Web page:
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Africa Map

Modern African Art : A Basic Reading List

Central Africa
Congo (Brazzaville)

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Introduction

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Le Quellec, Marie-Pierre. "La peinture et la gravure congolaises à travers l'ecole de Poto-Poto de Brazzaville," Dossiers et recherches sur l'Afrique (Meudon, France) no. 3: 87-140, [1994]. illus., maps, bibliog. (pp. 114-115). qDT1.D724 AFA. OCLC 32934457.

The Poto Poto workshop was founded in 1951 in the suburbs of Brazzaville by Pierre Lods along the same lines as similar informal art workshop-schools in the Belgian Congo in the 1940s. In this historical account Le Quellec gives the background and context for establishing this kind of art enterprise by the French colonial government. A list of Poto Poto exhibitions (pp. 95-96) shows a steady stream of openings in Africa and Europe since 1952.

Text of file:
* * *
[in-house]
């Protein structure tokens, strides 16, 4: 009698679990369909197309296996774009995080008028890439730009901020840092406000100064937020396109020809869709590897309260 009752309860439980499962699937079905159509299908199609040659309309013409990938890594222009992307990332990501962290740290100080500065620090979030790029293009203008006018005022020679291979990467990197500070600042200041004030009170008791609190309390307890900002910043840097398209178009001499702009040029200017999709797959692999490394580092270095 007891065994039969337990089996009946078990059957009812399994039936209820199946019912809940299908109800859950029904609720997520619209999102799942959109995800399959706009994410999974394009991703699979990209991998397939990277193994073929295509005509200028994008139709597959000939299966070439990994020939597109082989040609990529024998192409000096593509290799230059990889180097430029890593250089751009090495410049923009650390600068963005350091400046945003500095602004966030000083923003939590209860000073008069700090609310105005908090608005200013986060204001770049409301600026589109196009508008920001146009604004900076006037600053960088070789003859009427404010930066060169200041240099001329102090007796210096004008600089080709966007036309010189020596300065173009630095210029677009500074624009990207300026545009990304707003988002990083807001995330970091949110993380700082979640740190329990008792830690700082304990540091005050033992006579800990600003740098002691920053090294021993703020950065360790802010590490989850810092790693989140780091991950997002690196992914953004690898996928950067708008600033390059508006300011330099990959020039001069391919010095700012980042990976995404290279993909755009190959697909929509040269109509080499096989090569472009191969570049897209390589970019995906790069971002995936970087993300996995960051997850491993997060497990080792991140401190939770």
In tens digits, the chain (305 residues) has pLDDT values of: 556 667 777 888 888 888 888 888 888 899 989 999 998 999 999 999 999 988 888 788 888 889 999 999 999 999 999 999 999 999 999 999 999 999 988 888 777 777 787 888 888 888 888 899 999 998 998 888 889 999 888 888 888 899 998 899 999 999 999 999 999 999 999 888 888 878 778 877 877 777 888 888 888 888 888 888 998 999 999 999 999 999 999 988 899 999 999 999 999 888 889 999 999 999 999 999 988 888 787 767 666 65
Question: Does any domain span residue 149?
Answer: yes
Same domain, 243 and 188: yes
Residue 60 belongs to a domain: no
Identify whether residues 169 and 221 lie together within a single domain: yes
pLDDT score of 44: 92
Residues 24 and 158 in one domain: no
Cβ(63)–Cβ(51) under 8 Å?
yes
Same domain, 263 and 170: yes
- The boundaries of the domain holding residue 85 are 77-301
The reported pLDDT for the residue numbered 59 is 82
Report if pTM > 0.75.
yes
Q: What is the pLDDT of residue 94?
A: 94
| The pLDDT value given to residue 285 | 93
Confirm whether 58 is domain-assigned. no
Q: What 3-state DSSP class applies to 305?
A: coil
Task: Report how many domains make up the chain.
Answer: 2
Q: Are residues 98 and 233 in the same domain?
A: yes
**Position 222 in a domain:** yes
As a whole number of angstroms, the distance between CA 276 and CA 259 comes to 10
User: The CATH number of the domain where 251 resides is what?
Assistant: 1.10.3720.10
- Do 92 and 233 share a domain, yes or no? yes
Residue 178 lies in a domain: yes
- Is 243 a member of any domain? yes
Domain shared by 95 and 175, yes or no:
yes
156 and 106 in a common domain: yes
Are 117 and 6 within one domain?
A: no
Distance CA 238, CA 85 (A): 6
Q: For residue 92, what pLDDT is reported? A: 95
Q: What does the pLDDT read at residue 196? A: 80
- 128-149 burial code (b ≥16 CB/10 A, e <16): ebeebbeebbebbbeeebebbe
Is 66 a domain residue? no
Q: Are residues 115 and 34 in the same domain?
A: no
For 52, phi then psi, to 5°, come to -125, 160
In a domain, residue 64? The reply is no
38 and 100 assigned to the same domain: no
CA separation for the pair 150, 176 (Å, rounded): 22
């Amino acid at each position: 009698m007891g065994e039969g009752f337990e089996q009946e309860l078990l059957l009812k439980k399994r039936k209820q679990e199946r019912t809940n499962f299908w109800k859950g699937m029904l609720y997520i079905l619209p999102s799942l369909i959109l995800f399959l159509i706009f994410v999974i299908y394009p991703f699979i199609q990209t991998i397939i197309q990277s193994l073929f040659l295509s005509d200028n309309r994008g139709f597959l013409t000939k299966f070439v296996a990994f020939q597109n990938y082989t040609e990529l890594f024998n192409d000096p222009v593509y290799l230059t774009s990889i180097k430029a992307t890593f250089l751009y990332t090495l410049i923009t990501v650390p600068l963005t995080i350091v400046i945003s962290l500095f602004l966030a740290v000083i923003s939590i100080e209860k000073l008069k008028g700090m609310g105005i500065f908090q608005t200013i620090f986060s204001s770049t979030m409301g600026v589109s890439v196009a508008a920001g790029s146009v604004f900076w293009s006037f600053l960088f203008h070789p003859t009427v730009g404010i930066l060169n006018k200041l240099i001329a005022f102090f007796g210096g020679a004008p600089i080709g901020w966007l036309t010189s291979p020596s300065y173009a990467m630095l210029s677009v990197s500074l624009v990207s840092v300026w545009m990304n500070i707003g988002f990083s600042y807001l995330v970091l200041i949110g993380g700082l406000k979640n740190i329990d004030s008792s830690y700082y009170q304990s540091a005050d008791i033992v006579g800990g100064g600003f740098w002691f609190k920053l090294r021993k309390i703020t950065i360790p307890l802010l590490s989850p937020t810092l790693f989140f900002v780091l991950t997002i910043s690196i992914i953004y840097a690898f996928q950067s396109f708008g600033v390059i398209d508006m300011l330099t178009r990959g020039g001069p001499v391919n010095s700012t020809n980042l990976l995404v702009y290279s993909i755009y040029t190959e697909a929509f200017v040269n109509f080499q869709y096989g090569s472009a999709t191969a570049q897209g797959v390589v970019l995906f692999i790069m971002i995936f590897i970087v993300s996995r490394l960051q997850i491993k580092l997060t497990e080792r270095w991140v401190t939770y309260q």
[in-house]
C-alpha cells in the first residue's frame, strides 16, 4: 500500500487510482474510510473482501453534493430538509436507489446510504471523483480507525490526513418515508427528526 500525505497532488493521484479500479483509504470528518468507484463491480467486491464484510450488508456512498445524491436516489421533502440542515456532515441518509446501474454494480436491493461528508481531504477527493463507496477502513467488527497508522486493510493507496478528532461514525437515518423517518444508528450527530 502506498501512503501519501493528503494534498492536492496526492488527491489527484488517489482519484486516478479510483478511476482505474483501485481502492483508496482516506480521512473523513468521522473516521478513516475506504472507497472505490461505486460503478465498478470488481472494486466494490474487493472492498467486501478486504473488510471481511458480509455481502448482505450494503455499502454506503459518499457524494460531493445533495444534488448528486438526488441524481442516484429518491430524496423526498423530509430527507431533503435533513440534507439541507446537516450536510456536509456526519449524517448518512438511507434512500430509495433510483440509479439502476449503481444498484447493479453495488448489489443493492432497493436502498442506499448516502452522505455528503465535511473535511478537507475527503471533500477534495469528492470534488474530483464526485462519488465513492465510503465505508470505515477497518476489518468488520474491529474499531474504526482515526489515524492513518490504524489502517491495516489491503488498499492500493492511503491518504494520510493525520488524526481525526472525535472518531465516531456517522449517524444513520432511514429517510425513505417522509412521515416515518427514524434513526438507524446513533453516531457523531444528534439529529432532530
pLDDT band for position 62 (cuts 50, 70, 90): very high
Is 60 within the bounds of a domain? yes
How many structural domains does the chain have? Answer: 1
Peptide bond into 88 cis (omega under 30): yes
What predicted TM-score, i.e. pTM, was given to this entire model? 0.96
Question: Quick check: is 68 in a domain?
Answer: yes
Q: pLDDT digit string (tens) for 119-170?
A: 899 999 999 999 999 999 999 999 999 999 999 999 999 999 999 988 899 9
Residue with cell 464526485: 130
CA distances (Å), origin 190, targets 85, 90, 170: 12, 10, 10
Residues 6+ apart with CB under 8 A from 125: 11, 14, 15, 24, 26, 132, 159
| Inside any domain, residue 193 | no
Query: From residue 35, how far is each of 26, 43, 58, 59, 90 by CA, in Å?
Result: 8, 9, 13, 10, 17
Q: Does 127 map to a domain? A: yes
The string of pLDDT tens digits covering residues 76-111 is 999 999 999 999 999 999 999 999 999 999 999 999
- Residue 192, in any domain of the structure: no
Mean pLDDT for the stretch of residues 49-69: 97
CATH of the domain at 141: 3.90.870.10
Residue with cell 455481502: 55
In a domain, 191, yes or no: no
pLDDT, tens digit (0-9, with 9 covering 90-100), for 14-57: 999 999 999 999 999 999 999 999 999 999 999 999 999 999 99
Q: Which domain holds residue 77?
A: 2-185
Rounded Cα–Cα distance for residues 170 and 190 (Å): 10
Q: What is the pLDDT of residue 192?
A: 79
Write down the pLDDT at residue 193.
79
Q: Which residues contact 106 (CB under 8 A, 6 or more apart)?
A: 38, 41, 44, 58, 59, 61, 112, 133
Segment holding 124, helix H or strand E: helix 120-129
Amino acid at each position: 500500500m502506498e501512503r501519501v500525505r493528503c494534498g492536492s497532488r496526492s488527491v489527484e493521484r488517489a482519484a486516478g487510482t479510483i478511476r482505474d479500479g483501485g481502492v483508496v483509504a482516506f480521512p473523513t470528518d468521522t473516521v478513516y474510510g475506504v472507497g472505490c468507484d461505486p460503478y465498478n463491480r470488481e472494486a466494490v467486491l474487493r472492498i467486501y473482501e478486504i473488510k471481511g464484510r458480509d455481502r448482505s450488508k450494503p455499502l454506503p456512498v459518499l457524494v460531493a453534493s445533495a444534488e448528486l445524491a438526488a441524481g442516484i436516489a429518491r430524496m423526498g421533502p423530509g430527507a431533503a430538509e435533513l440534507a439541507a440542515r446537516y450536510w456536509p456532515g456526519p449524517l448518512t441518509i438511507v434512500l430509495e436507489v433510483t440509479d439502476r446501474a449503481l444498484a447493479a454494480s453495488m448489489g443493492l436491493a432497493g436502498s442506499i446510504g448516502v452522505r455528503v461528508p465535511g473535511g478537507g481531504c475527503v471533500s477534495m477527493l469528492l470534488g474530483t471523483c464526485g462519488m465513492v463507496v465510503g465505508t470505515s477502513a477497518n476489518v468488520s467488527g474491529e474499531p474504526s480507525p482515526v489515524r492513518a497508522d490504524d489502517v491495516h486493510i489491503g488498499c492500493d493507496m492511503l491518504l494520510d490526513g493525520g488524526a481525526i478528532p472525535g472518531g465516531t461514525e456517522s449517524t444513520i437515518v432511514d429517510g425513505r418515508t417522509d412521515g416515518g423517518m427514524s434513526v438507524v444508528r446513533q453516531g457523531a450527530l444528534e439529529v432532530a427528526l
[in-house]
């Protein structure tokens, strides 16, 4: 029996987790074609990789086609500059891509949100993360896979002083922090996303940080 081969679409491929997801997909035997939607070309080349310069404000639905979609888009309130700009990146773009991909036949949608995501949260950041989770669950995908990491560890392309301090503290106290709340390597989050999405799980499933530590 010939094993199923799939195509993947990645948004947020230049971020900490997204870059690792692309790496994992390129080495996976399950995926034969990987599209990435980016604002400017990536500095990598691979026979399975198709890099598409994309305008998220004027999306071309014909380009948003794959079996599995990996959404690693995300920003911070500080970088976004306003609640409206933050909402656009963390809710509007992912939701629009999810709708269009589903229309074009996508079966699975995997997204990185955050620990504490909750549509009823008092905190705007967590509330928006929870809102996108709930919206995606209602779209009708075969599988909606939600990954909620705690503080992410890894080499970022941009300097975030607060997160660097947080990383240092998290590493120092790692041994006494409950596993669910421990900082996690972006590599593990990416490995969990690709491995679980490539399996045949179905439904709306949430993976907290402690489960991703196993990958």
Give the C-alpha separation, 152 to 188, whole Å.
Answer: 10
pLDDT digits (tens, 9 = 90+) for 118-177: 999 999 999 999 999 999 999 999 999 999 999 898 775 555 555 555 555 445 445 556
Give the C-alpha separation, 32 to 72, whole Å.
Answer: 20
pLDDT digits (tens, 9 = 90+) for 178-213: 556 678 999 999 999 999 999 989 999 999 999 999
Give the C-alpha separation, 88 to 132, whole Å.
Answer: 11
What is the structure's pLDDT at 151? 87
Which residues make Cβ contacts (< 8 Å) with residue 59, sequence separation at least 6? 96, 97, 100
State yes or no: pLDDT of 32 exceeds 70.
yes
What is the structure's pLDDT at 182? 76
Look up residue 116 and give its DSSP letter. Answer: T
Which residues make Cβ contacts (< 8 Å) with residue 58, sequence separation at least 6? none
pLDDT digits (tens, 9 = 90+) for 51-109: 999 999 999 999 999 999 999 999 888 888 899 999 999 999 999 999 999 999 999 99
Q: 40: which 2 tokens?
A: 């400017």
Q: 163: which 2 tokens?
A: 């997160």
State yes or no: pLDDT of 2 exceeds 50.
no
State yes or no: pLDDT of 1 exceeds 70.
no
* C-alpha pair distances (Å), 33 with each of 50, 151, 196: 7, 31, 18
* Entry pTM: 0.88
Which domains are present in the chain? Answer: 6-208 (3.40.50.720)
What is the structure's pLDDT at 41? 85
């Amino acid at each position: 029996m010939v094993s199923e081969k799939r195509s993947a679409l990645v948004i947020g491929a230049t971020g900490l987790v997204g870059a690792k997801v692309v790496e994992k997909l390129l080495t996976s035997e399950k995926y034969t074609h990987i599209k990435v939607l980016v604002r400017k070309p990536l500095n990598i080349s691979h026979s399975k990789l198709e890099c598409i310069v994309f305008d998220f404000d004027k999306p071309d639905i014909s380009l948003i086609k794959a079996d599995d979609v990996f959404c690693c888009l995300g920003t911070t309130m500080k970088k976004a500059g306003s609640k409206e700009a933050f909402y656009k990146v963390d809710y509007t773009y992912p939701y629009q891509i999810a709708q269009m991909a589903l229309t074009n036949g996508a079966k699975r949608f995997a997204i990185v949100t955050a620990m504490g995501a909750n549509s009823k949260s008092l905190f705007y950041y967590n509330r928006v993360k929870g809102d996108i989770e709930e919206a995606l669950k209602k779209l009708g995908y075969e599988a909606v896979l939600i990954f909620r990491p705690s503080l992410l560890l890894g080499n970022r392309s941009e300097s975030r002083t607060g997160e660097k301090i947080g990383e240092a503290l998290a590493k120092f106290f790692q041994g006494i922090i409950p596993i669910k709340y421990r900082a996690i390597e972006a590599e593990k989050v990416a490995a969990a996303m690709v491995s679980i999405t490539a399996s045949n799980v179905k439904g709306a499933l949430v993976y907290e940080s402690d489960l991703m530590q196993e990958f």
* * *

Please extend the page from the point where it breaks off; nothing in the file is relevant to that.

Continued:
After Lods' departure in 1960, Poto Poto continued under the somewhat turbulent joint directorship of two former students -- Nicolas Ondongo and Guy Léon Fylla. Lods' pedagogical legacy was one of teachers who do not teach. In the 1950s, the German Rolf Italiaander introduced copper engraving to Poto Poto artists, more as an experiment of his own rather than to impart skills. (The prints were later made in Europe, and the artists never saw them).

Poto Poto (whose official name is the Centre des Arts Africains) has now seen two generations of artists -- those who worked with Lods and those who came later. Short biographies of some of the Poto Poto artists are given (pp. 101-107). The repertoire of themes used by Poto Poto artists reads not surprisingly like a catalog of tourist art -- the mask, drumming, dance scenes, the hunt, maternity, and "fetisher." Modern themes are invoked occasionally. Le Quellec also deals with the style(s) associated with Poto Poto, notable the "filiform" figures and the narrative, naive quality of most of the painting.